There was not a single region in Kazakhstan whose inhabitants did not leave their lands. Thus, one part of the Kazakhs of the Mangistau, Zhilokosinsky, Uilsky, Tabyn regions found salvation in Turkmenistan, Karakalpakstan, and the other part in Iran and Afghanistan. Nomads of East Kazakhstan migrated to neighboring regions of China. Among them were residents of the villages of Balkhash, Chokparsky, Iliysky, Enbekshikazakhsky, Bien-Aksuysky, Sarkandsky, Dzharkentsky, Baribaevsky areas. And many of them, before leaving for China, rebelled against the hated Soviet regime. The residents of the Abralinsky, Chingistau and Chubartau districts gave an active rebuff to the policy of collectivization in the spring of 1931. One of the first opponents of the Stalinist policy of collectivization was the people of Karakalpakstan, which in those years was part of Kazakhstan based on autonomy. On September 26, 1929, at a general gathering of Kazakhs and Karakalpaks, it was decided to jointly fight collectivization. The rebels formed a military squad, which openly opposed the authorities. They defeated state institutions in the village of Takta-kopir, officials barely managed to escape. But what could the poor peasants do to oppose to the well-armed units of the regular army? The uprising was brutally crushed. Some were shot, others received large prison sentences, while others managed to escape in the steppe. Soon in almost every district, in every aul, an open opposition to the methods of Stalinist collectivization began. The general mood of those tragic days can be felt by reading the report of the head of the Kazaly district department of the NKVD. Here is what the official writes: “On March 8, 1930, under the leadership of the authoritative ishan of the Kazalinsky district, Tasov Akmurza, an armed gang was organized - a group from the Bayesian-Muslim element, which also included some of the poor and middle peasants. The main purpose of the gang was to refuse to pay government supplies, bread baking. This gangster uprising covered 8 administrative auls of the Kazalinsky district, as well as part of the auls of the Karmakchin region. After the Akmurza gang was defeated, in August 1930, a gang organized by Bai Akmambet Akzhan, a native of the Asan clan, opposed the party and government actions to harvest and hand over bread to the state. Subsequently, the gang was called by the name of the Asan clan - Asanovsky lawless uprising. Parts of the Red Army’s regular troops took part in the suppression of both Akmurza and Asan gangs, and the leaders and organizers of these gangs were caught and repressed by the OGPU NKVD, but some of the organizers managed to escape and emigrate to Afghanistan. ”Thus, in the spirit of the times, all dissenting people and those who are ready to defend their truth with weapons in their hands, the Soviet authorities branded bandits and criminals. A particularly violent armed uprising took place on February 2, 1930, an uprising in the Suzak district of Syrdarya region. Its participants captured the district center of Suzak. Several officials were killed. Such actions were unforgivable to authorities. The response was the most brutal. It is clear that things were not limited to long periods in the camps. 68 participants in the uprising were sentenced to death, hundreds received prison sentences, some were sent to Siberia, which meant actual death.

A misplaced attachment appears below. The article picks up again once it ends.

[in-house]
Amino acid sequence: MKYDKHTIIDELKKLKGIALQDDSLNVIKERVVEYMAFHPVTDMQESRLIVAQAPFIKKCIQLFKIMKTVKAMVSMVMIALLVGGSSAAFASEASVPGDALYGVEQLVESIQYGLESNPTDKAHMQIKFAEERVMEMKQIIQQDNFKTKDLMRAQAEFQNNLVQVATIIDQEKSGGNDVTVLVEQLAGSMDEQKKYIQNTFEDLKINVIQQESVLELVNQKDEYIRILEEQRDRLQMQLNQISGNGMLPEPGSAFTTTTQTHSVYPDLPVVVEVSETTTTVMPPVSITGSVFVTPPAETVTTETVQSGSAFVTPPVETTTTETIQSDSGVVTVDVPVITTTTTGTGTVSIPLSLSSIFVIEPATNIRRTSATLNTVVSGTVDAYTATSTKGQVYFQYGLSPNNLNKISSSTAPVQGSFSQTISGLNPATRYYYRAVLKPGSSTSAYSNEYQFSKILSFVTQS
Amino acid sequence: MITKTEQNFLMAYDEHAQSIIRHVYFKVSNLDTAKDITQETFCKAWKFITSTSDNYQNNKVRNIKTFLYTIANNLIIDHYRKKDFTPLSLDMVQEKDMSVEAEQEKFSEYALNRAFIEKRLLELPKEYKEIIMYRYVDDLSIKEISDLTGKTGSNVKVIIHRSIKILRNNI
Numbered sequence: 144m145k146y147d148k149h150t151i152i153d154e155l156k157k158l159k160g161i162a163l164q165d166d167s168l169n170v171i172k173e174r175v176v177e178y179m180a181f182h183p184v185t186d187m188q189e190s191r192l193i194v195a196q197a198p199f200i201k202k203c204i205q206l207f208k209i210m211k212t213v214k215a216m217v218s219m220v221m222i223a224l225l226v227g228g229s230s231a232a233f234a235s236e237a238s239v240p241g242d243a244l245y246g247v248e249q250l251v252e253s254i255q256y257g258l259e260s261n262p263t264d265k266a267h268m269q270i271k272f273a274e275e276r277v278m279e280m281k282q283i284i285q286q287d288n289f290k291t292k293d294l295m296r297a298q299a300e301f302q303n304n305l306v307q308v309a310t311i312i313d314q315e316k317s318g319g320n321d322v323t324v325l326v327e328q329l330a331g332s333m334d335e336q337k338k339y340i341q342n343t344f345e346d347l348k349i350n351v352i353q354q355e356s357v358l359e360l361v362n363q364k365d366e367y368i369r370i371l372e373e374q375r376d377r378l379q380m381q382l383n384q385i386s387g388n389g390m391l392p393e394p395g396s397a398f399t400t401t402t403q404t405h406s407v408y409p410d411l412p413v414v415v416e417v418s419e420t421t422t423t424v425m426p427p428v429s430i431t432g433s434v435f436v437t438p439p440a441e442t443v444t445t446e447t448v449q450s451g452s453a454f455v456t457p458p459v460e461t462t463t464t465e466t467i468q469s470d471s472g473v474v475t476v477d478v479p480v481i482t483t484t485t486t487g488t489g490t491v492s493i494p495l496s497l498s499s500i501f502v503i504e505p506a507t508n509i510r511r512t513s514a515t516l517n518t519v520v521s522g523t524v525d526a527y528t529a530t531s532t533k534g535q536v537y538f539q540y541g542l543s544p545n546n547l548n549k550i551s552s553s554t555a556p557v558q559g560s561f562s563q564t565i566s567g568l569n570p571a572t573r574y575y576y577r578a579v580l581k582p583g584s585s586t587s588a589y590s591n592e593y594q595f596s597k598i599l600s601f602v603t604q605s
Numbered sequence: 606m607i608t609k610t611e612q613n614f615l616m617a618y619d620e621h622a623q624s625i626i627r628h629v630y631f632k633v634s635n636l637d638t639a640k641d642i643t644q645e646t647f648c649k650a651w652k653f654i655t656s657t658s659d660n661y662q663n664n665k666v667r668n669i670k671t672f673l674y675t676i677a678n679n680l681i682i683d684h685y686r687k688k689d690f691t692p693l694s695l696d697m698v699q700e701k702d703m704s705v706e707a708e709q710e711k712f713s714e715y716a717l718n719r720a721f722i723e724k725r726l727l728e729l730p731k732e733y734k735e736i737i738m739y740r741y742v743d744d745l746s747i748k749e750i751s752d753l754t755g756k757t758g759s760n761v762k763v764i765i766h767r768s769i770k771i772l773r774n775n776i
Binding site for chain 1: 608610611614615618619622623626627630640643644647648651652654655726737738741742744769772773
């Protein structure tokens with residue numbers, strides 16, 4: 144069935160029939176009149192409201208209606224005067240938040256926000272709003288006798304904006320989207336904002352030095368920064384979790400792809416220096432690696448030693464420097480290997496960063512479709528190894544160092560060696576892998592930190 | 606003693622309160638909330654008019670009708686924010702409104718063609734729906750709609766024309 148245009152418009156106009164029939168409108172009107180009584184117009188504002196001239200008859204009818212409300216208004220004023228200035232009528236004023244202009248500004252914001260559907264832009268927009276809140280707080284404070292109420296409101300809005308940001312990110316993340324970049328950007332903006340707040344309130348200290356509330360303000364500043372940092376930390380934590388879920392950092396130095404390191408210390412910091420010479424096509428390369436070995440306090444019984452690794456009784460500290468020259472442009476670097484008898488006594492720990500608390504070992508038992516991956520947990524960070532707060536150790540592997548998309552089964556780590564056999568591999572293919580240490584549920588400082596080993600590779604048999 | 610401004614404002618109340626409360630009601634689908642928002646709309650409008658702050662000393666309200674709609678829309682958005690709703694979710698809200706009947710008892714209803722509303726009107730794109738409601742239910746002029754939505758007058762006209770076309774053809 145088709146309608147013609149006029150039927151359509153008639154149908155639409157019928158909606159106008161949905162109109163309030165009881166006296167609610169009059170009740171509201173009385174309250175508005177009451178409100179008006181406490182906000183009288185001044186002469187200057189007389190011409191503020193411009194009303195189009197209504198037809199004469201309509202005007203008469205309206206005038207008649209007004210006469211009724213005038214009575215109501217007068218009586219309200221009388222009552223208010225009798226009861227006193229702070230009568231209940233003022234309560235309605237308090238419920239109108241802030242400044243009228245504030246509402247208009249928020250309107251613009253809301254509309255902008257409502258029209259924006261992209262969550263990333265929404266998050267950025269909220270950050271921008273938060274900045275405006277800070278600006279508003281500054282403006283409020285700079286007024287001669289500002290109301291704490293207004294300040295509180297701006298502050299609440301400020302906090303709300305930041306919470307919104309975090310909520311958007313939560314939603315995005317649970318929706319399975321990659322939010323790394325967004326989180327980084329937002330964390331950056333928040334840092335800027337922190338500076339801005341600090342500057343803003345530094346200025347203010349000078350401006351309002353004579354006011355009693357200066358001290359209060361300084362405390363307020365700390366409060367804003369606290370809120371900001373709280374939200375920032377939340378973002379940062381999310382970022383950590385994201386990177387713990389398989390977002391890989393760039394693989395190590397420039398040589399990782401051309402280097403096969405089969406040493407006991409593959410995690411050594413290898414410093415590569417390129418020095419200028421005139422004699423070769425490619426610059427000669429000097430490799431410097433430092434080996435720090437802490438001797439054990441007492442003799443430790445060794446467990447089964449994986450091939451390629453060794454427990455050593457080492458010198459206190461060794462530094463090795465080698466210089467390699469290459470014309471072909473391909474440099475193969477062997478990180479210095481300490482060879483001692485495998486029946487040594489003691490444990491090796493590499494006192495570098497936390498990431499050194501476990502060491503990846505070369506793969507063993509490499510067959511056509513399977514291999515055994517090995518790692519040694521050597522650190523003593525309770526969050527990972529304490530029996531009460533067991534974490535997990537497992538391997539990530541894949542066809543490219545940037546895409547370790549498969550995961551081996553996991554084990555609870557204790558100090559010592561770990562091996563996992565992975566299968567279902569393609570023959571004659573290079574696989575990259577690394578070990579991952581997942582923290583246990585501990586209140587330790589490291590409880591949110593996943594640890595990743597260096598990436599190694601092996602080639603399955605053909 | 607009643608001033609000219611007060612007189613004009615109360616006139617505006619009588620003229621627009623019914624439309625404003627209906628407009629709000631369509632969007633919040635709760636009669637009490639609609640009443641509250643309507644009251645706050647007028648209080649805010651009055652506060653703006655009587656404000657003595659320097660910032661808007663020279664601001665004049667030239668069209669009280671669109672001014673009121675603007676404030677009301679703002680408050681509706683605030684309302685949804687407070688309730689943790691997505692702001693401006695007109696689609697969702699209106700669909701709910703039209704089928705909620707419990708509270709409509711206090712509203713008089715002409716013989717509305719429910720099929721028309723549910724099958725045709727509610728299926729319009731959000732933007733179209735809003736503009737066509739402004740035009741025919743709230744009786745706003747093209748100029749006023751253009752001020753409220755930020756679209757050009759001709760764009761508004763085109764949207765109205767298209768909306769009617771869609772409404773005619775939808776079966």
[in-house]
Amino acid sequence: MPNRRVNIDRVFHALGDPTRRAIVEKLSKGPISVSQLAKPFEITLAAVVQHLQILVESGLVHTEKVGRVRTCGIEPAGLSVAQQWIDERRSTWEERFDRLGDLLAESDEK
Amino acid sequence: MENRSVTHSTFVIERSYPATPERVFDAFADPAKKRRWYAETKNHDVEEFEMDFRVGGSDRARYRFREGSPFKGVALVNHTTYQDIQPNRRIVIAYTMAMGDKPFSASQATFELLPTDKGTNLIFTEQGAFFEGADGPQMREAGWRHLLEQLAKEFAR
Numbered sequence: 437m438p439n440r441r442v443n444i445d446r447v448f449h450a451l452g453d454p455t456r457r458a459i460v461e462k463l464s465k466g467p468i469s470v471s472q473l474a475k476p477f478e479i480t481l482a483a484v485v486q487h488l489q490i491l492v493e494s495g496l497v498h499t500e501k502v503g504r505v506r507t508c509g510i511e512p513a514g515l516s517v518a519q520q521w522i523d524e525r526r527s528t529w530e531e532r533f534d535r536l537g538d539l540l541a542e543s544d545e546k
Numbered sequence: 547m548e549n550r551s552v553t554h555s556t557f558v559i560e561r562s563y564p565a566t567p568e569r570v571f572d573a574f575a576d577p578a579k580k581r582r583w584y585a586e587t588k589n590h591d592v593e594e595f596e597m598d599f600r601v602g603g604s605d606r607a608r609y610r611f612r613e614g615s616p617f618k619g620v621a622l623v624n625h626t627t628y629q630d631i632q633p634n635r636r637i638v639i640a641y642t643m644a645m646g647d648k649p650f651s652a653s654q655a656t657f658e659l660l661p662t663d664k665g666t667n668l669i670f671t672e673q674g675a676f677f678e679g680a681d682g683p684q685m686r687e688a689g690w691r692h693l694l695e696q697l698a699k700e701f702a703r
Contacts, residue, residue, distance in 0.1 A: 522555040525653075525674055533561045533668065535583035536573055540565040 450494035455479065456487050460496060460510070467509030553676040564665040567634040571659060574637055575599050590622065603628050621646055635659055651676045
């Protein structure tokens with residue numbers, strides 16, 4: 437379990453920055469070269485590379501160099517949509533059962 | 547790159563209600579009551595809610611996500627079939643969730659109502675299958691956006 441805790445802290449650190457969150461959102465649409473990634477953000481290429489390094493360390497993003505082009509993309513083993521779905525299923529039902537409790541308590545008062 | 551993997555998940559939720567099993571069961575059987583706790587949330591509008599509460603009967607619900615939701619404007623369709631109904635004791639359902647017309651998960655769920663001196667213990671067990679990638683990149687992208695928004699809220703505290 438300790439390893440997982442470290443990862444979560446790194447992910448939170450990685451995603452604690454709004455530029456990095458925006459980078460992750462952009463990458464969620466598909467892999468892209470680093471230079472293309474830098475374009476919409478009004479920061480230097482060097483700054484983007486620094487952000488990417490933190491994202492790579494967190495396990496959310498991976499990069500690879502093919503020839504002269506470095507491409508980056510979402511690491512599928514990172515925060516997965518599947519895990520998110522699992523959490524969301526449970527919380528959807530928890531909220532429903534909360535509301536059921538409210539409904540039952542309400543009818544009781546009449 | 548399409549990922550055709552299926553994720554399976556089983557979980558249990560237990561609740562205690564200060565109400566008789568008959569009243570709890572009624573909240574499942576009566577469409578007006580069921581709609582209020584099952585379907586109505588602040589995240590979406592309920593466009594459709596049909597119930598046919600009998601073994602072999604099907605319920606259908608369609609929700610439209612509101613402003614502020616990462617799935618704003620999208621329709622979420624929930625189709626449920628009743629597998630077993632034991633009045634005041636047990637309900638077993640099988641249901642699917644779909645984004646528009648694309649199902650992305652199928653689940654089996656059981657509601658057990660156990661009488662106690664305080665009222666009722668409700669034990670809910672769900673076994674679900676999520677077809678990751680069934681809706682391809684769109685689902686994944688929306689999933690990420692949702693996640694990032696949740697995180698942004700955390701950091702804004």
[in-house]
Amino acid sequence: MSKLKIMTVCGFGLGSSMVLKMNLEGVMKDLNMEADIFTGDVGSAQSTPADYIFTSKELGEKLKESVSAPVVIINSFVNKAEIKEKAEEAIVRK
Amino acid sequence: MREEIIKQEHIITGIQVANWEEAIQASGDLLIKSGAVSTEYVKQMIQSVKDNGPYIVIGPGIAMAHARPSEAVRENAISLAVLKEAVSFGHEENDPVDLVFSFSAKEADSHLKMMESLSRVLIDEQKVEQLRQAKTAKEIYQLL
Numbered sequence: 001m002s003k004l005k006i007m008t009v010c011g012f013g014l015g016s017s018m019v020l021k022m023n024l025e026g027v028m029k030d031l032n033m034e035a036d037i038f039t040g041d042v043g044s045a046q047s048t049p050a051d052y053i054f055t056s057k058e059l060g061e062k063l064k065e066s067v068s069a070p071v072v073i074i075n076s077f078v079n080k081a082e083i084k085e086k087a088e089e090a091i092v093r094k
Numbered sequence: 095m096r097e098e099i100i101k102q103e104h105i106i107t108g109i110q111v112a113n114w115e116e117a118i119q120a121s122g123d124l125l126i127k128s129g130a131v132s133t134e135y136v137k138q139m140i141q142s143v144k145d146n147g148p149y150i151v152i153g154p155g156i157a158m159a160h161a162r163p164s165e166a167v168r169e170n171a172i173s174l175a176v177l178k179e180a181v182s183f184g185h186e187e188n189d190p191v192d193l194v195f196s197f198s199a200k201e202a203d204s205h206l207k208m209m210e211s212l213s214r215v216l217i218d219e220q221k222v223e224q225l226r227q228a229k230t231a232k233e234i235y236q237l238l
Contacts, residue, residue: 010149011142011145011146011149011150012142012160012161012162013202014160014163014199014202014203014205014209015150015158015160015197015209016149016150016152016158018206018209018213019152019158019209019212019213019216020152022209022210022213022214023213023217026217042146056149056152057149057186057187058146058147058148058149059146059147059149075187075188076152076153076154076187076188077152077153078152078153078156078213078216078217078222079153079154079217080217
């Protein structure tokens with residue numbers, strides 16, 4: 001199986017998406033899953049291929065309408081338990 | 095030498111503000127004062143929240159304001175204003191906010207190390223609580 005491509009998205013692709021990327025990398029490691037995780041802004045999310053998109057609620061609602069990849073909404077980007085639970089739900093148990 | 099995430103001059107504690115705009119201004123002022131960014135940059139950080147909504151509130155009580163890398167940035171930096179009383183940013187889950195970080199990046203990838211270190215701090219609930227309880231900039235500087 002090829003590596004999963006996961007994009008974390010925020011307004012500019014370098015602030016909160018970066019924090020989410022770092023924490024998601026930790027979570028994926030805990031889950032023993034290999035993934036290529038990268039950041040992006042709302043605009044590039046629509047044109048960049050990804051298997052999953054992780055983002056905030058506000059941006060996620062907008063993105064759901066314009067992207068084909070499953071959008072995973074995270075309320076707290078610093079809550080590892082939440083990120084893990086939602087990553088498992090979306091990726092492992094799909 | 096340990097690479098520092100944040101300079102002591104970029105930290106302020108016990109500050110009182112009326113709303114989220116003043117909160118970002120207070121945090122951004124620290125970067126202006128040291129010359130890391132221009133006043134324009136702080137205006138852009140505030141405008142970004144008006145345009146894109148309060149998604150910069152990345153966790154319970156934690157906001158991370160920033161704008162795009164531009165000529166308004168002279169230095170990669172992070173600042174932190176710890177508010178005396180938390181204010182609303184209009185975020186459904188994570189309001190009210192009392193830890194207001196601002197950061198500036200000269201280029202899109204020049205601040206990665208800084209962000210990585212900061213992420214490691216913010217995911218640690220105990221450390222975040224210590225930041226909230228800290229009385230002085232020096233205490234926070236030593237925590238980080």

One of the largest revolts was the Karakum. Over five thousand people took part in it. People have already expanded their requirements. They wanted not only the return of the confiscated lands and property, but also the illegally convicted, to finally begin the Dubrovnik entry into collective farms and so on. Naturally, none of the authorities even  listened to the participants of the uprising. They acted as usual. By brutally crushing it. For this, the 8th Orenburg Division was involved. Among the sentences were executions, 175 people were sentenced to death, the rest were sentenced to prison terms, someone was sent to Siberia. The Adayev uprising became even more ambitious. In the region, already in the twenties, up to 60 insurgent groups operated. But the  uprising, which took place in 1929-1932, took place from Western Kazakhstan to Turkmenistan and Karakalpakstan. More than a thousand soldiers and security officers participated in the suppression of the uprising. Help was called even from other republics of the USSR. Hundreds of death sentences were passed, thousands of people were convicted. Even more were forced to leave their native lands. In total, from 1929 to 1931 in Kazakhstan there were more than 370 mass armed uprisings against violent Stalinist collectivization and the destruction of the age-old way of life of nomads.